The teams of their countries do not even participate in the world championships. So why are these fans going to Qatar?

Doha, Qatar (CNN) – Accommodation is in tents or prefabricated houses, there is no beer in the stadiums, the temperatures are unbearably hot, and the whole event is mired in controversy over alleged human rights violations.

While this is not enough to keep ardent football fans from traveling to Qatar to support their national teams at the World Cup, more surprisingly, it is not enough to keep even those whose national teams don’t even compete.

Wander the narrow streets of downtown Doha and you can’t help but get caught up in the World Cup fever as fans from all four corners of the globe meet in squares and restaurants to celebrate their cultures with each other.

The evenings are especially crowded when groups come together across the countries, singing from the heart to the seemingly constant rhythm of the drums that echo through the center of Doha.

One of the loudest groups in the days leading up to kick-off were the England fans from India.

The group is fully coordinated, wearing the same jersey with the name of England captain Harry Kane on the back. They proudly sing songs related to the English team, but mix them with traditional chants from home.

“Football is our life”

Doha's Souq Waqif marketplace has become a hub of fan activity.

Doha’s Souq Waqif marketplace has become a hub of fan activity.

DOHA, QATAR – NOVEMBER 17: Uruguayan fans roam the streets with flags and scarves ahead of the 2022 FIFA World Cup Qatar at the Souq Waqif market on November 17, 2022 in Doha, Qatar. (Photo by Dan Mullan/Getty Images)

Supporters went viral last week and people accused them of being “fake fans” used to give the impression that people are enjoying the World Cup, which, due to controversy surrounding its Middle Eastern hosts, may lack the usual pomp of a tournament held every four years.

Qatar 2022 organizers, as well as FIFA, denied the allegations, and a member of the group told CNN he was surprised to see the headlines.

“We’re a fan group from Kerala, South India,” he said, too busy singing and dancing to give his full name.

“India is not in the tournament and we have always loved England. We used to watch David Beckham play, so we are passionate about England in Qatar.”

These fans represent the broader theme of Qatar 2022, which has given many a taste of the World Cup action.

Ali Abbadi is from Jordan and currently lives in Dubai. He spoke to CNN when he researched Souq Waqif, a marketplace that has become a hub of fan activity.

“I am here because this is a good opportunity and it is very close to our country,” he said. “In 2018 at the World Cup [in Russia] was too far from our country, but now we feel that the World Cup is at home.”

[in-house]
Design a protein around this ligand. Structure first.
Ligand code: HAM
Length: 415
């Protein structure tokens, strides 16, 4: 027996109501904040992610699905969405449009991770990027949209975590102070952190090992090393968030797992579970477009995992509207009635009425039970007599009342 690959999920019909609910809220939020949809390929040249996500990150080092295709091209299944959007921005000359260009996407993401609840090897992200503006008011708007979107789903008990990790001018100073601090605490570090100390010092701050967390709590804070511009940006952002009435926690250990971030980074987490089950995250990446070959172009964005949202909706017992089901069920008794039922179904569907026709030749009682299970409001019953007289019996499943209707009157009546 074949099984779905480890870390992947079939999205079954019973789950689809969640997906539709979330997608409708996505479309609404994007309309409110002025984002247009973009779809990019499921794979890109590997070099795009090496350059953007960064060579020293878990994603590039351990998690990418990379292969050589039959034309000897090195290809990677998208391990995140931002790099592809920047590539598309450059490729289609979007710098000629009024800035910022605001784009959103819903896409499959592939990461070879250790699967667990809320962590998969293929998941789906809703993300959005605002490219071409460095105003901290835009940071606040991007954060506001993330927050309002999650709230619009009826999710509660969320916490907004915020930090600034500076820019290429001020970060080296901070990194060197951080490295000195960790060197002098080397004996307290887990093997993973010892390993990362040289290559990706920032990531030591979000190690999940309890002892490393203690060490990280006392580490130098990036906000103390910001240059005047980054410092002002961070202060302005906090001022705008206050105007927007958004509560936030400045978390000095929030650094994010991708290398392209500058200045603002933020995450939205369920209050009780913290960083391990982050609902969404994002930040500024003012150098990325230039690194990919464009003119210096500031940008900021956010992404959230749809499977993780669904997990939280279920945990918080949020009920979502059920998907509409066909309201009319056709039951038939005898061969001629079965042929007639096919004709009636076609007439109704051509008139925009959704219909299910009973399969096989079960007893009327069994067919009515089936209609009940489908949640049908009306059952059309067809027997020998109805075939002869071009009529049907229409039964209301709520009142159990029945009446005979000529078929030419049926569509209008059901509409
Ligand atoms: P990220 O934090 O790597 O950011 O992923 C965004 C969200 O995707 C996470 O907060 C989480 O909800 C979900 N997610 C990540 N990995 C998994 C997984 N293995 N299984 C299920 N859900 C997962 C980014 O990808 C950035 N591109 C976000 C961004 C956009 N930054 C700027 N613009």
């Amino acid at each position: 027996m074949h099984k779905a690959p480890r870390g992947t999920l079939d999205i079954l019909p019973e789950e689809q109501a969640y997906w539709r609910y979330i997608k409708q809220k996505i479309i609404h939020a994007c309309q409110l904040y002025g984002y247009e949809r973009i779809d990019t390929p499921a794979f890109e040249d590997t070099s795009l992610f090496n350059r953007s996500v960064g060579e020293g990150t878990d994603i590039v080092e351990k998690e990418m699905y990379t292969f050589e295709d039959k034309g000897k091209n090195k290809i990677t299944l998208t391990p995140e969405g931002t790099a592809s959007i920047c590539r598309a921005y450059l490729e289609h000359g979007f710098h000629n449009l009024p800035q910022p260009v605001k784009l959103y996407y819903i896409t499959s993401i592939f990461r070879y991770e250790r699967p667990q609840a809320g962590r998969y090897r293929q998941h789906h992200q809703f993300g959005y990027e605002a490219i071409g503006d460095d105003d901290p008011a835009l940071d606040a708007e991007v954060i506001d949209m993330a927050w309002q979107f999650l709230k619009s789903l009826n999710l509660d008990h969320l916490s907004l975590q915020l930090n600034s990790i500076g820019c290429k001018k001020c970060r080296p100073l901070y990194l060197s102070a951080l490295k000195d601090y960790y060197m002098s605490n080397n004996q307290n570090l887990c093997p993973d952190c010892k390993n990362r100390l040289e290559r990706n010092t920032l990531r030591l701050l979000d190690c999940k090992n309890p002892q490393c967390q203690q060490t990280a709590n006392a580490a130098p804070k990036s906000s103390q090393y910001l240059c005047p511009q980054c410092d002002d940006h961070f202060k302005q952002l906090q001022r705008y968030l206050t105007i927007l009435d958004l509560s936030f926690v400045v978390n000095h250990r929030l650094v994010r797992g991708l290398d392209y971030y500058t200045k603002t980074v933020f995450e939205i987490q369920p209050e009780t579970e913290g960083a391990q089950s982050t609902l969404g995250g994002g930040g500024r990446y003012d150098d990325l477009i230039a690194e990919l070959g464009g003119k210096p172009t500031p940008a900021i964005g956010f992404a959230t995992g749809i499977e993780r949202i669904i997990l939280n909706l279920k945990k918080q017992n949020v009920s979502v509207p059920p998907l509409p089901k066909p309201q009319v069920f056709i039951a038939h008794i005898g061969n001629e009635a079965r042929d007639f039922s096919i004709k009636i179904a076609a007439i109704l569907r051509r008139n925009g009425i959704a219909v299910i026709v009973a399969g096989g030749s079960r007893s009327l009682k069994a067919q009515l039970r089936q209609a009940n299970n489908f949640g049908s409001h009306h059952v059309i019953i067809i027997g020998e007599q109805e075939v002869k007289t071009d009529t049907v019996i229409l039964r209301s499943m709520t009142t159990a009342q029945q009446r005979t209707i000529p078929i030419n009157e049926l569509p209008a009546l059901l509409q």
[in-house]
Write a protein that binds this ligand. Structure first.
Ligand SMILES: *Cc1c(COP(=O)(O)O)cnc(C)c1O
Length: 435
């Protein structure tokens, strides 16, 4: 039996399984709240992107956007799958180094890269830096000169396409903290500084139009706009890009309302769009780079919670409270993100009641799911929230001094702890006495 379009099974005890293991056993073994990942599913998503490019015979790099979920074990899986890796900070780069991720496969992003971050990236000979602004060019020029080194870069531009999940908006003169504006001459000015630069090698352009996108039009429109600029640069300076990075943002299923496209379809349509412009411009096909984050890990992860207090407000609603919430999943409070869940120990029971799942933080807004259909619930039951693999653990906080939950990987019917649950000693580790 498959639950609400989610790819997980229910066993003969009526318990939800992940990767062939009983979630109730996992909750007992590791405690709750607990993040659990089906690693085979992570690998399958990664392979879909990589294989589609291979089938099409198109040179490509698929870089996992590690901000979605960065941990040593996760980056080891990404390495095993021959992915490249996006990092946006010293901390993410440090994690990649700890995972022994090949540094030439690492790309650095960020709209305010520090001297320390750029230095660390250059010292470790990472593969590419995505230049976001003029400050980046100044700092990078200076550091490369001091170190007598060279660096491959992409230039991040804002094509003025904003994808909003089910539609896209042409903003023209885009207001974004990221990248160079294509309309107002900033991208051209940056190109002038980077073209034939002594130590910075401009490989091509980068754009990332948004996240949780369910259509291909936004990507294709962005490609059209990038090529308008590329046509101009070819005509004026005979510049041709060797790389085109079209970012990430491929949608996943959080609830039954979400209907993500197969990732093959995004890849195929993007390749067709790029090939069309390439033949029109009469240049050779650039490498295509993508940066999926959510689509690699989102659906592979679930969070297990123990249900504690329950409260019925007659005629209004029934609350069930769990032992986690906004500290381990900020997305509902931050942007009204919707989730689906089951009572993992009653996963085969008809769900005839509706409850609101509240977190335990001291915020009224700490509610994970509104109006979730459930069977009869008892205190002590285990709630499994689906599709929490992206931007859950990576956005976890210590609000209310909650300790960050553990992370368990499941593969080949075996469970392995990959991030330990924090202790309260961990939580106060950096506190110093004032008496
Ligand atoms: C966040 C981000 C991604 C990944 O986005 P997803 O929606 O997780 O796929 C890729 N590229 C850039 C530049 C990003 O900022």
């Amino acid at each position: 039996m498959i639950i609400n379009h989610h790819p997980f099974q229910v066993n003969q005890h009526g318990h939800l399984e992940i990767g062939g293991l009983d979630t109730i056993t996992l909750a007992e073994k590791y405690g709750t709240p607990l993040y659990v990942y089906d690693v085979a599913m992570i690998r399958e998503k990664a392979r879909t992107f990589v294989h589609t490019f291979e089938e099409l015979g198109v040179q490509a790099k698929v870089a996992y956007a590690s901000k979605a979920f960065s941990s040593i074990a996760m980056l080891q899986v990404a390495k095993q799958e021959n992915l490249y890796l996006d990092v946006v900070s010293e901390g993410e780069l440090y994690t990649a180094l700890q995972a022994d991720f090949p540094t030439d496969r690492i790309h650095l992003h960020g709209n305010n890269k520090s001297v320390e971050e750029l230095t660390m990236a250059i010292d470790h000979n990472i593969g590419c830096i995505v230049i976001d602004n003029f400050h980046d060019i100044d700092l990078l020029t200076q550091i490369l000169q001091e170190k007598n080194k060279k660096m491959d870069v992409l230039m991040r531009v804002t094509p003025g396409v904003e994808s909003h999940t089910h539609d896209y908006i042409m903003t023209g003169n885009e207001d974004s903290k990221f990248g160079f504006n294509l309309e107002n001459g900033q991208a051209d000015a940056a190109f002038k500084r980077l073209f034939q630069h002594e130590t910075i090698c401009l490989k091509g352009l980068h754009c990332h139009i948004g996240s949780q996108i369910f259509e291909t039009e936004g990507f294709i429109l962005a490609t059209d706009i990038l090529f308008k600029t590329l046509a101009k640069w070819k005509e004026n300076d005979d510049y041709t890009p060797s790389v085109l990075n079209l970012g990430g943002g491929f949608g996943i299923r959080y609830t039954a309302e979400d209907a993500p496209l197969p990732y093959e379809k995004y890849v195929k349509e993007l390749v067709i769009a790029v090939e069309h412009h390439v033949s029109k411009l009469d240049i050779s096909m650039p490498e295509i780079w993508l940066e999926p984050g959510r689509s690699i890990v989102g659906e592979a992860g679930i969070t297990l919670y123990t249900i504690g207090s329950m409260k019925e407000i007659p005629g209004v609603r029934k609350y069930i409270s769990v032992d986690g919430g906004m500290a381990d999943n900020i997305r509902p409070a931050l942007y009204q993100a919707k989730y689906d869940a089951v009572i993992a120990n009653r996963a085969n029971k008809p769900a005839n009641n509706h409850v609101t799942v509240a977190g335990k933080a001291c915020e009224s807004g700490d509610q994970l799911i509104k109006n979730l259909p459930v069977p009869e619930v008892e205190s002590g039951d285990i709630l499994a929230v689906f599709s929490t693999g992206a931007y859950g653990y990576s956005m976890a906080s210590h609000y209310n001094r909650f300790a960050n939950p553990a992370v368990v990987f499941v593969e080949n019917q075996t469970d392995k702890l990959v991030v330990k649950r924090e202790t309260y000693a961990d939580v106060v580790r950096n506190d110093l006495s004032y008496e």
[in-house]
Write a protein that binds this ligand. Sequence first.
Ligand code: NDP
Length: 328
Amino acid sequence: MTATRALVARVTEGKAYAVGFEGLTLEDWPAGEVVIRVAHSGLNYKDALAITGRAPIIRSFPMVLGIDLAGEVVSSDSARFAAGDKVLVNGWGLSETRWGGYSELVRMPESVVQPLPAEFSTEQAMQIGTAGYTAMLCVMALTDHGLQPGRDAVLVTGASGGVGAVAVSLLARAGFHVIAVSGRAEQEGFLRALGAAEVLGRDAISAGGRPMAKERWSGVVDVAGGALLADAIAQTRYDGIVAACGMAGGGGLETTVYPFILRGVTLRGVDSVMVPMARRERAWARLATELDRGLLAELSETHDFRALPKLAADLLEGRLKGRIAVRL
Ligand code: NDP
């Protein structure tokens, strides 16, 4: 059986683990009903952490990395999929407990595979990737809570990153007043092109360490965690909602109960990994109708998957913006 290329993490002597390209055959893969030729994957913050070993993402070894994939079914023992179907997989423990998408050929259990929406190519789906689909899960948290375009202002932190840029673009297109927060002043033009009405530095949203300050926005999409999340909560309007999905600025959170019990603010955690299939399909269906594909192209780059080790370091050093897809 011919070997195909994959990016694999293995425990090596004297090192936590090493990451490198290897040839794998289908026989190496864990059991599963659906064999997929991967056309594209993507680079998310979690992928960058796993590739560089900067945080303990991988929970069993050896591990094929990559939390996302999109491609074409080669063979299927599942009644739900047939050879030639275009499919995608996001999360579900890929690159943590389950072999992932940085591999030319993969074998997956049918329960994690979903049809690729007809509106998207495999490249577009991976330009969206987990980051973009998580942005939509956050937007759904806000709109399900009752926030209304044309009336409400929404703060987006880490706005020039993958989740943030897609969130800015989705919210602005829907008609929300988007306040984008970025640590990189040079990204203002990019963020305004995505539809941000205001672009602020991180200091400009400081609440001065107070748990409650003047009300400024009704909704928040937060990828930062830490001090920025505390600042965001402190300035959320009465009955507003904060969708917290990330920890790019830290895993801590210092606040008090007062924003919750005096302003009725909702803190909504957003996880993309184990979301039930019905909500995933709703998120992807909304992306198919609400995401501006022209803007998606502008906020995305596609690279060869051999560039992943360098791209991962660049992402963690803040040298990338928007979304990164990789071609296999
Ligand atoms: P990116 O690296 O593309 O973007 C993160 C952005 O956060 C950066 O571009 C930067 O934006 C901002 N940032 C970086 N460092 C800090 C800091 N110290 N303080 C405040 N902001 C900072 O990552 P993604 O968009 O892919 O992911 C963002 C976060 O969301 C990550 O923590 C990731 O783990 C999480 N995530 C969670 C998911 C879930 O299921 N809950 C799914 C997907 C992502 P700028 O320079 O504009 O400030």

“In the Middle East, we always watch football. Football is our life.”

Business Messi

World Cup Fans 2

Ali Abbadi, like many others in Doha, will support Argentina at the 2022 Olympics in Qatar.

Ben Church/CNN

The 35-year-old proudly wore the Argentina jersey, and he is certainly not alone.

Blue and white are by far the most popular colors in Doha this week and almost all the shirts have Messi’s name on the back.

This not only demonstrates the superstar’s drive, but also the impact his current club Paris-Saint-Germain has had on the world.

The French team is owned by a Qatari sports investment group and posters of its star players, Neymar and Messi, are all over Doha.

But unlike many who have chosen a South American team to play in this year’s tournament, Ali is rooting for them for a reason other than that.

“I was a fan of Argentina even before Messi. Messi is doing a great job, but I have been rooting for Argentina for over 15 years,” he said.

“I watched the players [Gabriel] batistuta, [Hernán] Crespo, so I hope they win in Qatar.”

Turns out you don’t even have to be a passionate team to enjoy the World Cup.

Fei Peng is from China and came to Qatar to watch the tournament with his friends. CNN met him as he was going to bed in his new apartment in one of the pretty dystopian fan villages on the outskirts of the city.


World Cup Fans 1

The Leungs are staying in one of the fan villages and will be rooting for the Netherlands.

Ben Church/CNN

The battle for placement is likely to escalate with Qatar hosting around 1.5 million fans during the month-long tournament starting on November 20.

“This is a really good opportunity to come to a host country that is smaller than my hometown. [Beijing]said Peng, who told CNN he has tickets for 35 tournament matches.

“We can have the opportunity to visit so many games, it’s wonderful.”

When asked who he would support at the World Cup, Peng said he had “no real preference” but wanted South Korea and Japan to do well.

“Because I’m Asian, I want the Asian teams to do well, but I’m just looking forward to good results,” he said.

“Also, I hope that China can qualify for the next World Cup in America, it will be special.”

Just a few doors down from where CNN met Pan, Jimmy and Kennis Leung settled into their home for the next 16 days.

The couple came to Qatar from Hong Kong, but unlike Peng, they have a favorite team to support.

Jimmy was dressed in the distinctive orange colors of the Netherlands and says he’s happy to see his adopted team play, despite having no apparent ties to the Dutch side.

“They have great players and history and I just love the team,” he said beaming. “I want to see all their group games”

Despite all the criticism of Qatar 2022, the tournament has undoubtedly given people the opportunity to enjoy one of the biggest sporting events in the world for the first time.

Organizers hope these stories will somehow justify the decision to let the tiny nation of Qatar host the World Cup like no other.

Featured images courtesy of David Ramos/Getty Images.

Leave a Reply

Your email address will not be published. Required fields are marked *